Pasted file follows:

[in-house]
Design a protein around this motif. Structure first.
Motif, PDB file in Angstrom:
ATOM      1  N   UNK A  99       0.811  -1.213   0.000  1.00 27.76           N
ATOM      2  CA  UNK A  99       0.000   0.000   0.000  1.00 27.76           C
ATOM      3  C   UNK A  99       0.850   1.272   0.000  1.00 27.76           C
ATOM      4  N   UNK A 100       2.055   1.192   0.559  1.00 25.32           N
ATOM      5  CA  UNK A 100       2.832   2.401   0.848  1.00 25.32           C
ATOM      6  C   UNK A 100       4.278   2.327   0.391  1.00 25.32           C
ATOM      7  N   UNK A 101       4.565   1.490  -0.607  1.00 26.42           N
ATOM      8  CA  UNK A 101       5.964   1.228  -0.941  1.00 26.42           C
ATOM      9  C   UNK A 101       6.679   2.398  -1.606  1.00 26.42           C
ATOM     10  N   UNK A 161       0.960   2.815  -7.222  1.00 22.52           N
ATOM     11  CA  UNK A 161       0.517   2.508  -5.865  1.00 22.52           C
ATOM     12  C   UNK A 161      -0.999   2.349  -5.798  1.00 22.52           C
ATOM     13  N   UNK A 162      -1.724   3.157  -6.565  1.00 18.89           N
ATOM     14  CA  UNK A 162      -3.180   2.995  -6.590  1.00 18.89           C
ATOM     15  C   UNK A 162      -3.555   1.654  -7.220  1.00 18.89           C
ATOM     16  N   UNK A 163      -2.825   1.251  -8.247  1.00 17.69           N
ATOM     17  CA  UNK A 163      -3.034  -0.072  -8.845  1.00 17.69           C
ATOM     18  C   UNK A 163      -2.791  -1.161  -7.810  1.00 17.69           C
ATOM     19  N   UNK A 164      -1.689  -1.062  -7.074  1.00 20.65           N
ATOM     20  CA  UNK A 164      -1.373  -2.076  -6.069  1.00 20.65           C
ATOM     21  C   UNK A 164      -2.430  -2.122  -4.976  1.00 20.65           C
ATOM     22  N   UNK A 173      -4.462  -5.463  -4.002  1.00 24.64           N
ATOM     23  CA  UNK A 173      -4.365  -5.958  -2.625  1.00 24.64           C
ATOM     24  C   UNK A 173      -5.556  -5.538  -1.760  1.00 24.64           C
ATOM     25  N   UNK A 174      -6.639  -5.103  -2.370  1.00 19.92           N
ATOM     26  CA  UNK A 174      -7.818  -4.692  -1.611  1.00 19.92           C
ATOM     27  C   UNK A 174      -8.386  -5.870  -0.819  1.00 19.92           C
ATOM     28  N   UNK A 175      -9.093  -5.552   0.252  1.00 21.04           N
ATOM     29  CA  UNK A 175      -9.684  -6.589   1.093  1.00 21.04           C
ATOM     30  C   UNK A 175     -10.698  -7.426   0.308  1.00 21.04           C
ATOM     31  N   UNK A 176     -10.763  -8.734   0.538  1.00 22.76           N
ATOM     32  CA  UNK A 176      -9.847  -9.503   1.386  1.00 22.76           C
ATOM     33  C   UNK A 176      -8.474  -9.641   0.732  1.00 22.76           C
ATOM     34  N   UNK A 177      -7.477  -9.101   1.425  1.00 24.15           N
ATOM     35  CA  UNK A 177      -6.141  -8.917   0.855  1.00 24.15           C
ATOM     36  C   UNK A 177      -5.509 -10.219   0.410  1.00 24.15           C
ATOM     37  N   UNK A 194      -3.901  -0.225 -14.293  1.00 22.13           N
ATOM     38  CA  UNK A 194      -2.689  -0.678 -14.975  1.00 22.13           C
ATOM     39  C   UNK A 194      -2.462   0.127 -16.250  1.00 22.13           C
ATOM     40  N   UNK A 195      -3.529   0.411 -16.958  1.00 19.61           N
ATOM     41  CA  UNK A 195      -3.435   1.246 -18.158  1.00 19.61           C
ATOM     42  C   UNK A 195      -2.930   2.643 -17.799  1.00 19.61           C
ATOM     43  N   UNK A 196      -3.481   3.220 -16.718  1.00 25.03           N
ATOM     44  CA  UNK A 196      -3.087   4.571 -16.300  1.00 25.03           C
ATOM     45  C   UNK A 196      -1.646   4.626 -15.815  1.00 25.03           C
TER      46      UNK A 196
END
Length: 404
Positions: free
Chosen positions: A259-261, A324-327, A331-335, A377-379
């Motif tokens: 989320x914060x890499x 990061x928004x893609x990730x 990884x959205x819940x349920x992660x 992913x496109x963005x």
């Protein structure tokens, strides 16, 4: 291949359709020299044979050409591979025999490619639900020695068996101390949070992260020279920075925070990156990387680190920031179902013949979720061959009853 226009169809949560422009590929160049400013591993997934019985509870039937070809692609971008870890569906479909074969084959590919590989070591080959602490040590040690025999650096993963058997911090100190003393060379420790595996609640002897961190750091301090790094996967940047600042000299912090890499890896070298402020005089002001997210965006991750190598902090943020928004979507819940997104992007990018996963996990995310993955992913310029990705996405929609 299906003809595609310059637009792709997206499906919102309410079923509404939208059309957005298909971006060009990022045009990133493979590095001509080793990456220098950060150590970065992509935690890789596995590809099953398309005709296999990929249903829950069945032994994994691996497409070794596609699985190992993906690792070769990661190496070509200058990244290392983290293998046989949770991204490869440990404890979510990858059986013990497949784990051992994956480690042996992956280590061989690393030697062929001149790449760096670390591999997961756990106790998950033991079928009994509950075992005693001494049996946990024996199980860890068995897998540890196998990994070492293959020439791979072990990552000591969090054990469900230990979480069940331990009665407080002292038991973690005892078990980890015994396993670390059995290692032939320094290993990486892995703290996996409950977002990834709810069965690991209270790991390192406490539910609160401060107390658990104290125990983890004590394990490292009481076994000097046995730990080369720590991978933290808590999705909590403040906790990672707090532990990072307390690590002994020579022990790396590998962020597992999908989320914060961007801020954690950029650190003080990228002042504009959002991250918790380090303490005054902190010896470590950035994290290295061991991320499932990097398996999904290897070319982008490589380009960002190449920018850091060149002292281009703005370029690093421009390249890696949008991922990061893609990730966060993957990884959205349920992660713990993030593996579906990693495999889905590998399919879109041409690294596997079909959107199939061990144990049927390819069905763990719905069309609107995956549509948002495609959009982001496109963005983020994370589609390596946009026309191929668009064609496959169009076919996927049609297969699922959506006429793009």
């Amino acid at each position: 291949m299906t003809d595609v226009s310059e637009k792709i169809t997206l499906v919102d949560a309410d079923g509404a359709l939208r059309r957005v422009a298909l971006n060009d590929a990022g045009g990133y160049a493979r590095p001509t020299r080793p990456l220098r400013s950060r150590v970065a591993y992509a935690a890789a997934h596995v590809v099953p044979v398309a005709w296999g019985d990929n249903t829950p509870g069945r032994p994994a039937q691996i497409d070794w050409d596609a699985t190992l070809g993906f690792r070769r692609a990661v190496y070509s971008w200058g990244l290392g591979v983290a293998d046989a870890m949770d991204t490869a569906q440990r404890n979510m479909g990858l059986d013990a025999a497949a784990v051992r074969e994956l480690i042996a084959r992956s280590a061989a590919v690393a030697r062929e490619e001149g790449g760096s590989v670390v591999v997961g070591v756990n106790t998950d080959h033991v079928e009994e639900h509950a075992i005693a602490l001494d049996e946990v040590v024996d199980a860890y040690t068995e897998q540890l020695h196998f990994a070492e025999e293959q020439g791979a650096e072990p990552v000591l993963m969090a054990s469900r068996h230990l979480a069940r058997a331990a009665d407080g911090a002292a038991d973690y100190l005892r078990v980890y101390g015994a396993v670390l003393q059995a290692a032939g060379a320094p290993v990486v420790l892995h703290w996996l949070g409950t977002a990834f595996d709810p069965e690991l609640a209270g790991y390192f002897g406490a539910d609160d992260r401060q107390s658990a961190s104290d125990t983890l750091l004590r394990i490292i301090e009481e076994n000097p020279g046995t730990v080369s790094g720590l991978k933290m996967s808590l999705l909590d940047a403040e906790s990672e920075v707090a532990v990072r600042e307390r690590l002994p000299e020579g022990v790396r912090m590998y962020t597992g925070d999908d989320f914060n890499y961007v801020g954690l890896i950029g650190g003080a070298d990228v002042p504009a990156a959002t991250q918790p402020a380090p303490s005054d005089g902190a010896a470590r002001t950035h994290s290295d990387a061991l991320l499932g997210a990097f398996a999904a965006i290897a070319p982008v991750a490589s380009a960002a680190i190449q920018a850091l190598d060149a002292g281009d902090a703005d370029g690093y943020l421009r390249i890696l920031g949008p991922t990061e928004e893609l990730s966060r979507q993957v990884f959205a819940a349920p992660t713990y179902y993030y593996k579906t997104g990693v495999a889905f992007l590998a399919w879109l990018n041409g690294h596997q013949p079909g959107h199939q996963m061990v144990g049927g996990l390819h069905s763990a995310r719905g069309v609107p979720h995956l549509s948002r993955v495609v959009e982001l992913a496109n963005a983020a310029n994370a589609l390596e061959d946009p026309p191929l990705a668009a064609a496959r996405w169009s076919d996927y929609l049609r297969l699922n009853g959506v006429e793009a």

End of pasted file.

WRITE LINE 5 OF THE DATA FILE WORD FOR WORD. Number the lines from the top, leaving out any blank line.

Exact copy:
ATOM      2  CA  UNK A  99       0.000   0.000   0.000  1.00 27.76           C